Andy Hampsten’s Passo di Gavia ride at the 1988 Giro d’Italia was sensational. In the legendary stage fourteen of the 1988 Giro d’Italia with its crossing of the Aprica, a 120-kilometer trip part way up the Tonale and then a left turn up the south face of the Gavia pass with a final steep, technical descent into Bormio. The day was wet and cold. Until the start, Torriani had been considering an alternate route because of the possibility of bad weather. It would end up being, in the words of La Gazzetta, “the day the big men cried.”
Over the first two climbs, the cold, wet riders stayed together. When they began ascending the Gavia with its patches of fifteen percent gradient (back then, only the Gavia’s switchback turns were paved), it began to snow and as the riders continued up the pass, it got even colder. Johan Van der Velde, in just shorts and short sleeves, was first over the top. He was followed a few seconds later by Breukink, Hampsten and then by Chioccioli and Marco Giovannetti.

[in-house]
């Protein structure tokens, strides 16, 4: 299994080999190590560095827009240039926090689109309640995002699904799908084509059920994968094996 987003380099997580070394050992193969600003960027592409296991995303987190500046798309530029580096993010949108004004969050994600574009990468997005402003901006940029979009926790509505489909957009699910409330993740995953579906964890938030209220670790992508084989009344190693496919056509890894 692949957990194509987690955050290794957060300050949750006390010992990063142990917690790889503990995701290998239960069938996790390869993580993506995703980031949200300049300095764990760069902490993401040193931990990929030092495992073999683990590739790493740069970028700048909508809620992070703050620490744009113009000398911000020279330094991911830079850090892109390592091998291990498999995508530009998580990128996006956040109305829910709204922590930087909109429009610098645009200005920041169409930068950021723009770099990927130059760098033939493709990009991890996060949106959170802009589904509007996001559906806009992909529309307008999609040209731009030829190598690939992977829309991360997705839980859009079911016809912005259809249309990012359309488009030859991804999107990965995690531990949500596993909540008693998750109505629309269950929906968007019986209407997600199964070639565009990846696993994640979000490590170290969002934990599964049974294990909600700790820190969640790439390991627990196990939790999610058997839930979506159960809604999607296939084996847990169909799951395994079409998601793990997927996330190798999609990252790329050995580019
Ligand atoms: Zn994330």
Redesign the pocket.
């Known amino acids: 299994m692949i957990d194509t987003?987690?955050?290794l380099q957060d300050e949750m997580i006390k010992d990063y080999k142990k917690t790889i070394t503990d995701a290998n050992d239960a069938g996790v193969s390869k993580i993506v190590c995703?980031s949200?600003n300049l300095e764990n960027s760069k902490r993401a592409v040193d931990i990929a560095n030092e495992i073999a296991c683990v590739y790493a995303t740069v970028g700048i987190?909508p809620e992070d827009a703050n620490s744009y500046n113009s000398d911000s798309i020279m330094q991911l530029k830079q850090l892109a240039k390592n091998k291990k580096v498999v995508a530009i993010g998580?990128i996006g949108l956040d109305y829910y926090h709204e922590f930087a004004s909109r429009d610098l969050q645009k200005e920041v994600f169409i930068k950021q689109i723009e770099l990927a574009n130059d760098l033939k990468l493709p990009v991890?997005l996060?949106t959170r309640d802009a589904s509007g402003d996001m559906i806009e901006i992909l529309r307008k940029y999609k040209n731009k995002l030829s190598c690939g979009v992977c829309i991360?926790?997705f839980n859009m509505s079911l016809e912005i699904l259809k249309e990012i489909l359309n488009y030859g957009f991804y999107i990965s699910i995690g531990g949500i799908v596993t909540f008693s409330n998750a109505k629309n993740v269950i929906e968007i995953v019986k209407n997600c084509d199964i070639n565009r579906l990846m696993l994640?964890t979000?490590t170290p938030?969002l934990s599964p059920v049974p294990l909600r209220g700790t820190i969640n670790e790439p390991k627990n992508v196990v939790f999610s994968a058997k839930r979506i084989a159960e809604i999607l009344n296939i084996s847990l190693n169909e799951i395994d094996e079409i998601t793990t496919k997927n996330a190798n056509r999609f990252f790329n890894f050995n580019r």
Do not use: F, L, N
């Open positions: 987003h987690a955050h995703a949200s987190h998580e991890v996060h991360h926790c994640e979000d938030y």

Breukink and Hampsten had dropped the Italians well before the summit and crested together. The conditions were appalling; the road was frozen and when the riders began the descent, their brakes wouldn’t work on the frozen rims. Some had their gears jammed up with ice. Van der Velde gave up, dismounted his bike, waited for warmer clothes to be brought from the team car and descended the steepest part of the pass on foot. He lost 47 minutes that day.
Hampsten and Breukink pressed on down the steep, icy descent and into Bormio where Breukink won the sprint.
Andy Hampsten became the first American, and non-European, to win the Giro d’Italia.